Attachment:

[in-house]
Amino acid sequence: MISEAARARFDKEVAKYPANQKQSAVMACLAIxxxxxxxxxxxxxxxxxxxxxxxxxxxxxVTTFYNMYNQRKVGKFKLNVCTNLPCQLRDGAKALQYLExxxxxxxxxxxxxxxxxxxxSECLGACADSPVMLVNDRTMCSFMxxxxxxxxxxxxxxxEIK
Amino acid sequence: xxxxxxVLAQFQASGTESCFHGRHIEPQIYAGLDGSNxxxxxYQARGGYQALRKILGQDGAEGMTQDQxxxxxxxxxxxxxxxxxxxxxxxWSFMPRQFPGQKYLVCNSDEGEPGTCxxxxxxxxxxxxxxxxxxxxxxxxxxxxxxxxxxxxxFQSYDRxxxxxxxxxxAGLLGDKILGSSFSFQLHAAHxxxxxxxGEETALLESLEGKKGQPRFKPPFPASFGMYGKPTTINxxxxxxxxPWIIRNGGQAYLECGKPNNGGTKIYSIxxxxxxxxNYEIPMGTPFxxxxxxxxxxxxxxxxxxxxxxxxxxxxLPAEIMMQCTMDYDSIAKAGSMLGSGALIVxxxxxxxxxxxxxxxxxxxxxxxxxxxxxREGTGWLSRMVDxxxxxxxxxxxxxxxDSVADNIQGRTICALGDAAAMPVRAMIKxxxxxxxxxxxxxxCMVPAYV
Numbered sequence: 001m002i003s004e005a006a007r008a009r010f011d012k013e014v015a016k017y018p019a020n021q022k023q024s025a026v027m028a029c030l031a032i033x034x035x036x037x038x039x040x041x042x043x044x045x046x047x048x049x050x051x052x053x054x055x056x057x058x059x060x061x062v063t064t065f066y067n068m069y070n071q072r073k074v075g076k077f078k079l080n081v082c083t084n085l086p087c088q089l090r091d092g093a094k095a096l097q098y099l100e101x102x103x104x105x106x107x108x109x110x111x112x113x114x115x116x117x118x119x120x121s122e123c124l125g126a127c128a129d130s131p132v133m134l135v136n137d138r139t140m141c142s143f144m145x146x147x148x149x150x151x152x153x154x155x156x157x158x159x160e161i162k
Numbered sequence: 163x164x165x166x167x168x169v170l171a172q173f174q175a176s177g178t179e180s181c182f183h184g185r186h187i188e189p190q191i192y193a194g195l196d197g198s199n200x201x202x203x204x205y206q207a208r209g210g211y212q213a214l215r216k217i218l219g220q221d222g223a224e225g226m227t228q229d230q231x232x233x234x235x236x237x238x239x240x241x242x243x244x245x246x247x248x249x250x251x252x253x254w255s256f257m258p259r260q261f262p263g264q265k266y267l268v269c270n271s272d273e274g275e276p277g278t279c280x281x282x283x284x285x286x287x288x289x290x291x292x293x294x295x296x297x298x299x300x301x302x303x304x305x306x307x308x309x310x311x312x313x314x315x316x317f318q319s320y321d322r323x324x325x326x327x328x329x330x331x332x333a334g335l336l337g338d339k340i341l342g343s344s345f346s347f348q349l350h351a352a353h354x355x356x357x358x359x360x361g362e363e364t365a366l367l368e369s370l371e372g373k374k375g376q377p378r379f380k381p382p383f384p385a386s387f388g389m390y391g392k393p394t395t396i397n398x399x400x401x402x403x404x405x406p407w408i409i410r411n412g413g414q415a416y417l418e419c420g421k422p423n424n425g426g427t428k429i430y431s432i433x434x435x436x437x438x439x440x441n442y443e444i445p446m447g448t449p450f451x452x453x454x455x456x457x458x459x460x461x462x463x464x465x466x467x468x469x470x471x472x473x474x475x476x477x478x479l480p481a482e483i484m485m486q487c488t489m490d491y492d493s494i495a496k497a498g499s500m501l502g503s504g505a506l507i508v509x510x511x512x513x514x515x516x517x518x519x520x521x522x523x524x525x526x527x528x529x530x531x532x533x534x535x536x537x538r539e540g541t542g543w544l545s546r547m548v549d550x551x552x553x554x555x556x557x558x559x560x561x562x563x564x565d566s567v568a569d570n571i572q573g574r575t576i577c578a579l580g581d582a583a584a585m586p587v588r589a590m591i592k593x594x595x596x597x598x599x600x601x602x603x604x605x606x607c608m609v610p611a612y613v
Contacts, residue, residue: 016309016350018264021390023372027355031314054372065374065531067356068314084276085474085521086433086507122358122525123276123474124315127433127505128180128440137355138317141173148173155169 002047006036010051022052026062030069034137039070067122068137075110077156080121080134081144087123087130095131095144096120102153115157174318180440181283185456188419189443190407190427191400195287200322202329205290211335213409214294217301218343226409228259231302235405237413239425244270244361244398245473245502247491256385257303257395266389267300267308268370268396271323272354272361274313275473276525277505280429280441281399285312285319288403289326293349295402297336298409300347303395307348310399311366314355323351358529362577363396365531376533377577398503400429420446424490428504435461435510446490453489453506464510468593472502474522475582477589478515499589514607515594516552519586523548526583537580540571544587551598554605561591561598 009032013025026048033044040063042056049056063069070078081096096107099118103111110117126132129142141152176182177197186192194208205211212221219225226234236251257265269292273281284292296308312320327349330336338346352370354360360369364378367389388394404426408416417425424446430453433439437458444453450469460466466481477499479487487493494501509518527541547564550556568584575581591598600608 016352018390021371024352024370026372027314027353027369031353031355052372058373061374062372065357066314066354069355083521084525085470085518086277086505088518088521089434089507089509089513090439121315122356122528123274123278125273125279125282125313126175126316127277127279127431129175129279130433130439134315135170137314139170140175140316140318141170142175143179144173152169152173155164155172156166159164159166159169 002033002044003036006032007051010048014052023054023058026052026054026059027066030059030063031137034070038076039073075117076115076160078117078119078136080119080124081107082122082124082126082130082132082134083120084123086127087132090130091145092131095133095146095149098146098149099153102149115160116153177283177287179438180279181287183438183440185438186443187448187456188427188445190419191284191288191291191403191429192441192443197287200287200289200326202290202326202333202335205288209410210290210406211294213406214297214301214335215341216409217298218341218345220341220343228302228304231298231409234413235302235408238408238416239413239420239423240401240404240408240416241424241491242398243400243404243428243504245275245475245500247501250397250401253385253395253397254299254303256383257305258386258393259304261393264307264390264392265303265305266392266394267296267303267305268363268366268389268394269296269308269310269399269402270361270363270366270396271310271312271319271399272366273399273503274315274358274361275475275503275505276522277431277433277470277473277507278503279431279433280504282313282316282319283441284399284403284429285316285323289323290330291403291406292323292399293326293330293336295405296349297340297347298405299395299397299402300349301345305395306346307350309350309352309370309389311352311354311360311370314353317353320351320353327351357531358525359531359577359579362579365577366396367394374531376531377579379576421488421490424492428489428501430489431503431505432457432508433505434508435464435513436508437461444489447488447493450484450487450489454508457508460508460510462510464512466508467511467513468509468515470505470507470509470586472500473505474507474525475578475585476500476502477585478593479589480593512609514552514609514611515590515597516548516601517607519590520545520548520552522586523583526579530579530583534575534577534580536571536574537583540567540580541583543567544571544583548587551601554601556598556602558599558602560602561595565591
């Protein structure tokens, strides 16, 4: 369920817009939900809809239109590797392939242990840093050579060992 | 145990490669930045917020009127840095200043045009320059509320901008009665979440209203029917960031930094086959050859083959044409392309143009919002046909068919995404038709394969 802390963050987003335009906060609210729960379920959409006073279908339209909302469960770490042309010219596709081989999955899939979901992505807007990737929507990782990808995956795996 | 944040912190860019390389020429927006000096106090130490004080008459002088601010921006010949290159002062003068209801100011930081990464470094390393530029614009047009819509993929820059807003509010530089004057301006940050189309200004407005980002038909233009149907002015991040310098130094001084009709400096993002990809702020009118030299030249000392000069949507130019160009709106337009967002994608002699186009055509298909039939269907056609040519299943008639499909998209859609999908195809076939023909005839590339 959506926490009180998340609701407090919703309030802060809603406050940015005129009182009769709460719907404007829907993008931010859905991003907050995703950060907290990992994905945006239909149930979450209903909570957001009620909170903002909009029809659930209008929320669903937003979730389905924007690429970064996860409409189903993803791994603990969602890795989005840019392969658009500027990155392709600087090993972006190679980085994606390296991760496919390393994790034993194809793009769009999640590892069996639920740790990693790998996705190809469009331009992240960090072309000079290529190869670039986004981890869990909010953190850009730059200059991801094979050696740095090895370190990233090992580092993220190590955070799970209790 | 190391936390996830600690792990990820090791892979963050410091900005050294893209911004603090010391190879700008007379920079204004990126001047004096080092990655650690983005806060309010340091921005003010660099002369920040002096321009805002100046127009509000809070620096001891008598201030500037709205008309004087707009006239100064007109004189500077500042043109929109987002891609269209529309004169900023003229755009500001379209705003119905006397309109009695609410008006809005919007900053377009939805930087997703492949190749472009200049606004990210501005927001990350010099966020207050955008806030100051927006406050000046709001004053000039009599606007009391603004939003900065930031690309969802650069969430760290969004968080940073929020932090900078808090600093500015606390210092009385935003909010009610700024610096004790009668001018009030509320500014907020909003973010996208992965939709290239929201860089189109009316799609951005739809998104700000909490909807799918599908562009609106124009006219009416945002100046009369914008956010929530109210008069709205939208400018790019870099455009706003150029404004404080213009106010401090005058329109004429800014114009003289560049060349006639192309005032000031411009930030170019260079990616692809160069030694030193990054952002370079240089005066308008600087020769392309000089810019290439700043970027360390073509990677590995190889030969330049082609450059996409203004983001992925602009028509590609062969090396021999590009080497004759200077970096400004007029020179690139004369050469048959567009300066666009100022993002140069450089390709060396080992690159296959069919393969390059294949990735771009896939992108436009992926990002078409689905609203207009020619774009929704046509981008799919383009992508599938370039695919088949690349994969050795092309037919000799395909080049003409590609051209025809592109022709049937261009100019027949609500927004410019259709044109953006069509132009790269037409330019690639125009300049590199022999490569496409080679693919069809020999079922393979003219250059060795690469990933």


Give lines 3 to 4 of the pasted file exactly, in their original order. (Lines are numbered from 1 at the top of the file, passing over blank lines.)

Amino acid sequence: xxxxxxVLAQFQASGTESCFHGRHIEPQIYAGLDGSNxxxxxYQARGGYQALRKILGQDGAEGMTQDQxxxxxxxxxxxxxxxxxxxxxxxWSFMPRQFPGQKYLVCNSDEGEPGTCxxxxxxxxxxxxxxxxxxxxxxxxxxxxxxxxxxxxxFQSYDRxxxxxxxxxxAGLLGDKILGSSFSFQLHAAHxxxxxxxGEETALLESLEGKKGQPRFKPPFPASFGMYGKPTTINxxxxxxxxPWIIRNGGQAYLECGKPNNGGTKIYSIxxxxxxxxNYEIPMGTPFxxxxxxxxxxxxxxxxxxxxxxxxxxxxLPAEIMMQCTMDYDSIAKAGSMLGSGALIVxxxxxxxxxxxxxxxxxxxxxxxxxxxxxREGTGWLSRMVDxxxxxxxxxxxxxxxDSVADNIQGRTICALGDAAAMPVRAMIKxxxxxxxxxxxxxxCMVPAYV
Numbered sequence: 001m002i003s004e005a006a007r008a009r010f011d012k013e014v015a016k017y018p019a020n021q022k023q024s025a026v027m028a029c030l031a032i033x034x035x036x037x038x039x040x041x042x043x044x045x046x047x048x049x050x051x052x053x054x055x056x057x058x059x060x061x062v063t064t065f066y067n068m069y070n071q072r073k074v075g076k077f078k079l080n081v082c083t084n085l086p087c088q089l090r091d092g093a094k095a096l097q098y099l100e101x102x103x104x105x106x107x108x109x110x111x112x113x114x115x116x117x118x119x120x121s122e123c124l125g126a127c128a129d130s131p132v133m134l135v136n137d138r139t140m141c142s143f144m145x146x147x148x149x150x151x152x153x154x155x156x157x158x159x160e161i162k